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MAY 4. EASTER. Wk. 5. Tue. Jn. 14. 27-31

Updated: Sep 4

Jesus said to his disciples:

‘Peace I bequeath to you, my own peace I give you,

a peace the world cannot give,

this is my gift to you.

Do not let your hearts be troubled or afraid.

You heard me say: I am going away, and shall return.

If you loved me, you would have been glad to know that I am going to the Father,

for the Father is greater than I.

I have told you this now before it happens,

so that when it does happen you may believe.

I shall not talk with you any longer,

because the prince of this world is on his way.

He has no power over me,

but the world must be brought to know

that I love the Father

and that I am doing exactly what the Father told me.’


Jesus is here preparing his disciples for his imminent departure from them, and what a beautiful parting gift he offers them; - Peace of mind! When you think about it this is probably one of the most illusive experiences we can have in this world, where there is so much sufferings, stress and anxiety; - concerns that cannot be relieved by material things, but only by spiritual gifts.


And we have to remember, at no point does Christ tell his disciples he will remove their sufferings; - quiet the contrary; - he tells them they will have to suffer much; - in the same way, and in imitation of; - his own sufferings, which are an integral component of a Christian’s life; - but the peace he offers is something his disciples will be able to experience despite their sufferings and hardship.


Do not let your hearts be troubled or afraid,” indicates Christ was only too well aware of all the sufferings those who follow his teachings will experience; - but then he reminds them that while he is leaving them, he will return; - and this his where he wants them to place their Faith and Trust; - rather than in earthly life; - which is insignificant when considered in the light of Eternity.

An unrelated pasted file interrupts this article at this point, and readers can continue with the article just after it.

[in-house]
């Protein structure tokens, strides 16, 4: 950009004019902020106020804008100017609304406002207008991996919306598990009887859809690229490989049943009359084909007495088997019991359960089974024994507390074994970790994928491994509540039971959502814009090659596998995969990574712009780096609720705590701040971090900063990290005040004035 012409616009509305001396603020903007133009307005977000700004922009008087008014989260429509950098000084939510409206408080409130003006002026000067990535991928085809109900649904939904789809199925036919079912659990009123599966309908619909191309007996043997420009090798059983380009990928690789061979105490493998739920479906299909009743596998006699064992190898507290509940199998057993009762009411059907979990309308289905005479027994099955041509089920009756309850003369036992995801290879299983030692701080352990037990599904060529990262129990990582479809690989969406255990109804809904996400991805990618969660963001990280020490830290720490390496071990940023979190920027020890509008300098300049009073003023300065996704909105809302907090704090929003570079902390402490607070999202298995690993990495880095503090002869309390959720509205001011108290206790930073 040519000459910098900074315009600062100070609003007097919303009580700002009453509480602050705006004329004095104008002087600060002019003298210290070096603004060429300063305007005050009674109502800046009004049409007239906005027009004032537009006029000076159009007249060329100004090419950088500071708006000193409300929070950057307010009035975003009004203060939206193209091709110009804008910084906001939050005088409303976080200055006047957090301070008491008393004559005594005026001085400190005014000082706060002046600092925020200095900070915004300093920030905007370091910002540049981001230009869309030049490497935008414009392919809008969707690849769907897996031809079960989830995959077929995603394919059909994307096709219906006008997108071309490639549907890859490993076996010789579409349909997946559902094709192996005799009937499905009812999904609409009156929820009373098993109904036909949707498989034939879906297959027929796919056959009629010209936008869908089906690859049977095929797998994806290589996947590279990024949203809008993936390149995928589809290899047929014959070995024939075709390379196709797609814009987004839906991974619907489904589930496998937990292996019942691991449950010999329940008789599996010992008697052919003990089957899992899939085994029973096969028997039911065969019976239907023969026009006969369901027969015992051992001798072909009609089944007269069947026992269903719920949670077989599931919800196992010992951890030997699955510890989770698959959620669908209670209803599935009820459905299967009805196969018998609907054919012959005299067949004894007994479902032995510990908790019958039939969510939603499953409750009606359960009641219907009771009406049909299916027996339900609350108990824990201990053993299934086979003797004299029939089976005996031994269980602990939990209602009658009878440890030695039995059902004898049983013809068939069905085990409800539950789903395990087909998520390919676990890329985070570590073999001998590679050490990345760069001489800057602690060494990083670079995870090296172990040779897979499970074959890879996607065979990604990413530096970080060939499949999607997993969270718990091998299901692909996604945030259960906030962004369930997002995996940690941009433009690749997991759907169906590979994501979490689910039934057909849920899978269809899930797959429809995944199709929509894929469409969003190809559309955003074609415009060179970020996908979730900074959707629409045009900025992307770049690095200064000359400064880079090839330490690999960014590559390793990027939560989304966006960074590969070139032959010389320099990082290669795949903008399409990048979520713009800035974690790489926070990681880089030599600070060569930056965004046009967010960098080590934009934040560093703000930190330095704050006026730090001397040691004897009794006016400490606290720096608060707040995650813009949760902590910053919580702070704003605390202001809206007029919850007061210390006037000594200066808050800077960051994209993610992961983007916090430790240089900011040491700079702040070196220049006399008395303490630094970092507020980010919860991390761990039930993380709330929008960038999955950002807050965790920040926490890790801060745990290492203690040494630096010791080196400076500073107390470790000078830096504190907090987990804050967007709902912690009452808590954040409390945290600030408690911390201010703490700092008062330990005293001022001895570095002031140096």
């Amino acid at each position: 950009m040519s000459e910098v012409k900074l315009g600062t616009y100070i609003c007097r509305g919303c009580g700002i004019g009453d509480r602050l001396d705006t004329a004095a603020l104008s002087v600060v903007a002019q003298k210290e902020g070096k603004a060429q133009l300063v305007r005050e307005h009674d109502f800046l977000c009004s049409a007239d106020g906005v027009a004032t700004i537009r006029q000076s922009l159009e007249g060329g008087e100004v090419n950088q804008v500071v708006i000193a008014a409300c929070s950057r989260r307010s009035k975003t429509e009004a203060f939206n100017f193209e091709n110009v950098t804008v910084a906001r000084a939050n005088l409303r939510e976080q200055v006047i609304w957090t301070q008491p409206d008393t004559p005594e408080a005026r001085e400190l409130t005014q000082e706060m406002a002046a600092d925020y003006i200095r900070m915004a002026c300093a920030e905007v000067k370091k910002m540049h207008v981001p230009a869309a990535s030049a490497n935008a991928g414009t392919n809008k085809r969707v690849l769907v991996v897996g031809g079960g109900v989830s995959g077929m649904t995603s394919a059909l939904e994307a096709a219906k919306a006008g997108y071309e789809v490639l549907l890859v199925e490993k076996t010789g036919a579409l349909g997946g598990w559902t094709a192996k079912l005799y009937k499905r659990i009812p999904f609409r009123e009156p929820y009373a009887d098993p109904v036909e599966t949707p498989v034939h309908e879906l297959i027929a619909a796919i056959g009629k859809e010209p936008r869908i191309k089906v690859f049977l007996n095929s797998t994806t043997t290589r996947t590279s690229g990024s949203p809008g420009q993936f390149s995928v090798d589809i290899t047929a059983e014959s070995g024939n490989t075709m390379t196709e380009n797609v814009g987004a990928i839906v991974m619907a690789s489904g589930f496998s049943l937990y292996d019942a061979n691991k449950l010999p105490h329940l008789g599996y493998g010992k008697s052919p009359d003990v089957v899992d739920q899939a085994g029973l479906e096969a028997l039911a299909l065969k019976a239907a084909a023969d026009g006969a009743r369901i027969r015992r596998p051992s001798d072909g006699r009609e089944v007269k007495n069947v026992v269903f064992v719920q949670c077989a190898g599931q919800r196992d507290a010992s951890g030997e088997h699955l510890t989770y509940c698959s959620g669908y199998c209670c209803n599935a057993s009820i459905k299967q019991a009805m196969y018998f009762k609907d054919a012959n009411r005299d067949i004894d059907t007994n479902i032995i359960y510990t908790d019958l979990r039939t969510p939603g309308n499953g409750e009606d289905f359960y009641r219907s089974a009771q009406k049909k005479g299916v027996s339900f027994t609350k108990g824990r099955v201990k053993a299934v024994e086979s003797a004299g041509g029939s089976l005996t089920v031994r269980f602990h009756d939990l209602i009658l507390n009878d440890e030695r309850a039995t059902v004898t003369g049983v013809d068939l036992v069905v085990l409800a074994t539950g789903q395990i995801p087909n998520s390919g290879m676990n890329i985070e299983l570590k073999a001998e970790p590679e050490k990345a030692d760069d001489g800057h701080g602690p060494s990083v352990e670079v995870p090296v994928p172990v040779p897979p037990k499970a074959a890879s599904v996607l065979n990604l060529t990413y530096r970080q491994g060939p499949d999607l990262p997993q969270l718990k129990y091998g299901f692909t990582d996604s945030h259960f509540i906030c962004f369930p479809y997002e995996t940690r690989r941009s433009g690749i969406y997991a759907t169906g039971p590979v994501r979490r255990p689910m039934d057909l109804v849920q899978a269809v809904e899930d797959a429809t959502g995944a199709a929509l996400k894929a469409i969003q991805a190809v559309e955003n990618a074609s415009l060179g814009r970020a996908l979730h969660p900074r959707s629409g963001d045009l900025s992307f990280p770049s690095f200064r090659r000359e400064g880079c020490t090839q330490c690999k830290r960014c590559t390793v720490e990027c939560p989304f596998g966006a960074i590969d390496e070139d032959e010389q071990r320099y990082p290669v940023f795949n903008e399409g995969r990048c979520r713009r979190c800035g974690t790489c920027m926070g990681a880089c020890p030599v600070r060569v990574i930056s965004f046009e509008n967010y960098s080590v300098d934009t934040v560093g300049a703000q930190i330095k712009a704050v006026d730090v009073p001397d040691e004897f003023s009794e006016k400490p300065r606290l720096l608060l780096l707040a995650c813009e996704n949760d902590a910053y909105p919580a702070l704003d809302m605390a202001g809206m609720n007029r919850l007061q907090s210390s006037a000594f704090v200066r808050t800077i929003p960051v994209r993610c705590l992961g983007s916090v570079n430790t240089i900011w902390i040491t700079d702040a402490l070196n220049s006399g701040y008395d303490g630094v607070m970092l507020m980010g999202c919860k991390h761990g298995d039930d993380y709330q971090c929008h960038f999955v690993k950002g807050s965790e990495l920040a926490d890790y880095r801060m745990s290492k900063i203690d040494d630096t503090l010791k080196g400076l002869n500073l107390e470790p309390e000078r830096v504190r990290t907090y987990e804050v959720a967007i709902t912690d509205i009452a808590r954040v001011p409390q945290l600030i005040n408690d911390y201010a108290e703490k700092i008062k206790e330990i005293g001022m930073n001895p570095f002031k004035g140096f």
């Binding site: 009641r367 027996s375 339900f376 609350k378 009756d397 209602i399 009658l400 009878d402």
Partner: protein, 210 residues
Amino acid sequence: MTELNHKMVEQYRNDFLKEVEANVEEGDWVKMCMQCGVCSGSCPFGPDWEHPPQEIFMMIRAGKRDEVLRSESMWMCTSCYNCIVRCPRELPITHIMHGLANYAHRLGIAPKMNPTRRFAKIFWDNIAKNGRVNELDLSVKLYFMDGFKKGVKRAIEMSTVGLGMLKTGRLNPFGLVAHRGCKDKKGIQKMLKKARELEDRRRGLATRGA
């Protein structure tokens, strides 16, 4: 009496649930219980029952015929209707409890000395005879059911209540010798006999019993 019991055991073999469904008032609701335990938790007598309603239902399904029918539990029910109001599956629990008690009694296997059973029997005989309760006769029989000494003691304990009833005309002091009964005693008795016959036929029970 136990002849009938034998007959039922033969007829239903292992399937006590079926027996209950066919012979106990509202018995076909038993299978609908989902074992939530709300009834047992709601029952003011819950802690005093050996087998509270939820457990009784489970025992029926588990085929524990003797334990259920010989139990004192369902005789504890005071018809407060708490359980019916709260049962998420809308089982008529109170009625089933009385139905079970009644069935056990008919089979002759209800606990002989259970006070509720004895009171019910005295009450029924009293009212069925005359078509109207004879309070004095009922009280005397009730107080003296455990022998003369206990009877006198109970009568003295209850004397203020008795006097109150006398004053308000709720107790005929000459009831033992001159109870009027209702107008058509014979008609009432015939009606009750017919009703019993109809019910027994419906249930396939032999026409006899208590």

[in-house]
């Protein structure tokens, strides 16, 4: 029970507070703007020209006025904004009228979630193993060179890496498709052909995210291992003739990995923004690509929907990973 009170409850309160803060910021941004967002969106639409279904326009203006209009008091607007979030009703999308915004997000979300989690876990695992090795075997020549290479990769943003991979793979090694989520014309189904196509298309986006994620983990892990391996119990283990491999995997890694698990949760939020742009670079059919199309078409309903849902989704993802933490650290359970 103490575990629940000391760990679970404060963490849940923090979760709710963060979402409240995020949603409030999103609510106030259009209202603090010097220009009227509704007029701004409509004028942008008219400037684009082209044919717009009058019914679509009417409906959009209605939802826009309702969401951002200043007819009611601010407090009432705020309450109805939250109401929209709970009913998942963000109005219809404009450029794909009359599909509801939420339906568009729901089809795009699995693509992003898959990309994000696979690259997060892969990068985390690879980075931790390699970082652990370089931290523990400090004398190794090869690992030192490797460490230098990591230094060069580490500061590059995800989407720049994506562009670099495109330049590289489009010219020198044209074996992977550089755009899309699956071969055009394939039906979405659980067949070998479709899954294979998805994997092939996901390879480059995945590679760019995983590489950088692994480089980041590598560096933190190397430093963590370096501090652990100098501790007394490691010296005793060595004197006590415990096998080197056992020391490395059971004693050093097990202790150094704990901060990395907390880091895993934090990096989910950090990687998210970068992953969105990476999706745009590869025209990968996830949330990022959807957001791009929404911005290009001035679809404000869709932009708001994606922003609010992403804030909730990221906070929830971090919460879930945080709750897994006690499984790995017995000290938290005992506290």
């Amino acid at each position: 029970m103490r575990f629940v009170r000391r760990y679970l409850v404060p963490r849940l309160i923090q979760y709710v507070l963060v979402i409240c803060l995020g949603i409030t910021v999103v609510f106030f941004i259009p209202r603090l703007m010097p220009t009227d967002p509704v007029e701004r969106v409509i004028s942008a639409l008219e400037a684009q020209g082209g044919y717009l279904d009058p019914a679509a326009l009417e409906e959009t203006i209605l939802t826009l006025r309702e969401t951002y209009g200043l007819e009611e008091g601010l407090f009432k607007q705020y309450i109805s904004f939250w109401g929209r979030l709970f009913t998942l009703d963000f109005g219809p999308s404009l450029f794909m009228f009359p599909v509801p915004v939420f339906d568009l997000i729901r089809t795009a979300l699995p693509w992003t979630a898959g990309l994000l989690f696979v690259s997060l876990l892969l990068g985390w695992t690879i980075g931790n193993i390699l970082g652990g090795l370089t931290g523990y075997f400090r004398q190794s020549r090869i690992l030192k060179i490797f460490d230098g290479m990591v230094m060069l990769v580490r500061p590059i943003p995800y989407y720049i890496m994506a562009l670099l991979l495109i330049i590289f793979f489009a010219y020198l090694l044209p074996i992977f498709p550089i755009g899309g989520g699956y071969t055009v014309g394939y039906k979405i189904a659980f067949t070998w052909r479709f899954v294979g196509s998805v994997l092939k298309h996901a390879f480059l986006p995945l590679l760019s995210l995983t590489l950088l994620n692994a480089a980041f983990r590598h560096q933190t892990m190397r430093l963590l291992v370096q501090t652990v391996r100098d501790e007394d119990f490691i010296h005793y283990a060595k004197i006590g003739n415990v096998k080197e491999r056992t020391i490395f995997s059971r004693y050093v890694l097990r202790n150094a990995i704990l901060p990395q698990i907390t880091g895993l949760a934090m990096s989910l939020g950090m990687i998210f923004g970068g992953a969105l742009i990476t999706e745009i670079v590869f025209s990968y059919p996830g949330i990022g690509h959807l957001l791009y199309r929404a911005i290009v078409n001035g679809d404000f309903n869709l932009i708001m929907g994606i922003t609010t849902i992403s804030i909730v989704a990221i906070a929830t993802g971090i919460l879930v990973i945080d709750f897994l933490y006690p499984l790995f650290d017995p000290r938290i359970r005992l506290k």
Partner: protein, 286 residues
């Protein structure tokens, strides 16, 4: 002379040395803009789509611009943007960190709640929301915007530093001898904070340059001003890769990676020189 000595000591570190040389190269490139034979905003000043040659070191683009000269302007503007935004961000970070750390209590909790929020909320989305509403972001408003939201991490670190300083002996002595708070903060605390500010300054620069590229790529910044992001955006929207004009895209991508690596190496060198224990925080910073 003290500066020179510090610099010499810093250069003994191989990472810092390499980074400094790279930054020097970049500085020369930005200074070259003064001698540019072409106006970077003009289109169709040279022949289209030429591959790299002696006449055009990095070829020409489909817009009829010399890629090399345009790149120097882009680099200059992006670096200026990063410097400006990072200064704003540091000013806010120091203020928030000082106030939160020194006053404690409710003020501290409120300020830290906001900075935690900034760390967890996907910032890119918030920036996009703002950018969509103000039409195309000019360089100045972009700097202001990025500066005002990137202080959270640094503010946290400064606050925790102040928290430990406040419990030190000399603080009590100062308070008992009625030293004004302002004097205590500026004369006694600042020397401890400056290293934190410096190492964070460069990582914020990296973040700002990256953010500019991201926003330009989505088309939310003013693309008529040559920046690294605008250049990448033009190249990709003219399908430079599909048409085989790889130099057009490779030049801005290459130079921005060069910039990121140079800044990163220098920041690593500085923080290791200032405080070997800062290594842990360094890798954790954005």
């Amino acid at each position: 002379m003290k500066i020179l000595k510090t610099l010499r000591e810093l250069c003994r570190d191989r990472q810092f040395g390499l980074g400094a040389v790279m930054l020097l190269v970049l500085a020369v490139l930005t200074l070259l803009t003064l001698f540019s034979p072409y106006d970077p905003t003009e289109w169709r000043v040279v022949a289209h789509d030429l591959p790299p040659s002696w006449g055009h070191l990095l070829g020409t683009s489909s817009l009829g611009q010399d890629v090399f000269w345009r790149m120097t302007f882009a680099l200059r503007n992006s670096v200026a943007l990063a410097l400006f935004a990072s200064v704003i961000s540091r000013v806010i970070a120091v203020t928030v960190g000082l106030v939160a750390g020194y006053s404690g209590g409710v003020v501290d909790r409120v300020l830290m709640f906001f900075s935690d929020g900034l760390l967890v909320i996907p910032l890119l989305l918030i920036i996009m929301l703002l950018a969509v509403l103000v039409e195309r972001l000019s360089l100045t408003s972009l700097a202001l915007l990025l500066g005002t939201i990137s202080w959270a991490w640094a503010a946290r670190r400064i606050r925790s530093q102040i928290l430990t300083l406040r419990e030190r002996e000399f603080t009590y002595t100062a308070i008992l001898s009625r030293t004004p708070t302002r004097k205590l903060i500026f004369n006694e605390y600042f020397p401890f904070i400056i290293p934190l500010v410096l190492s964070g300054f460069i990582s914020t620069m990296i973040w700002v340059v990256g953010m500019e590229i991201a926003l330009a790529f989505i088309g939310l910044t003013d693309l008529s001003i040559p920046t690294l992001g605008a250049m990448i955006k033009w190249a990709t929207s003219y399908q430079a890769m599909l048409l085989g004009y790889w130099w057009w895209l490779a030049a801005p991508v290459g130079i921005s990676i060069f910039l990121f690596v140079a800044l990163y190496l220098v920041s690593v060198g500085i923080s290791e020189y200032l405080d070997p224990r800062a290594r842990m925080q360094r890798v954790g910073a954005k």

And it is eternity that Christ is alluding to when he says, “if you loved me, you would be glad to know I am going to the Father, as when you love somebody, it is only natural you wish what is in their best interests. Christ had been consistent in teaching his Kingdom was “not of this world,” so now he was pointing out the time had come for him to return to his Kingdom; - and the company of the Father.


The explanations given in this reading, ahead of time, were important as they would be remembered after he had left, and; - just like the crucifixion; - his statements in advance of the events were signs of his divinity that are just as powerful as his miracles. I have told you this now before it happens, so that when it does happen you may believe!”


And the final point Christ makes in this reading is equally important, and that is when he said; - “I love the Father and I am doing exactly what the Father told me.”


It can be argued this is the central teaching of Christ’s life; - namely the need; - in the name of Love; for his disciples to renounce their wishes and desires; - in order to do the will of God the Father?


Gospel Acclamation Jn14:26


Alleluia, alleluia!

Christ had to suffer and to rise from the dead,

and so enter into his glory.

Alleluia!


First reading Acts 14:19-28 ·

They gave an account of how God had opened the door of faith to the pagans


Some Jews arrived from Antioch and Iconium, and turned the people against the apostles. They stoned Paul and dragged him outside the town, thinking he was dead. The disciples came crowding round him but, as they did so, he stood up and went back to the town. The next day he and Barnabas went off to Derbe.


Having preached the Good News in that town and made a considerable number of disciples, they went back through Lystra and Iconium to Antioch. They put fresh heart into the disciples, encouraging them to persevere in the faith. ‘We all have to experience many hardships’ they said ‘before we enter the kingdom of God.’ In each of these churches they appointed elders, and with prayer and fasting they commended them to the Lord in whom they had come to believe.


They passed through Pisidia and reached Pamphylia. Then after proclaiming the word at Perga they went down to Attalia and from there sailed for Antioch, where they had originally been commended to the grace of God for the work they had now completed.


On their arrival they assembled the church and gave an account of all that God had done with them, and how he had opened the door of faith to the pagans. They stayed there with the disciples for some time.







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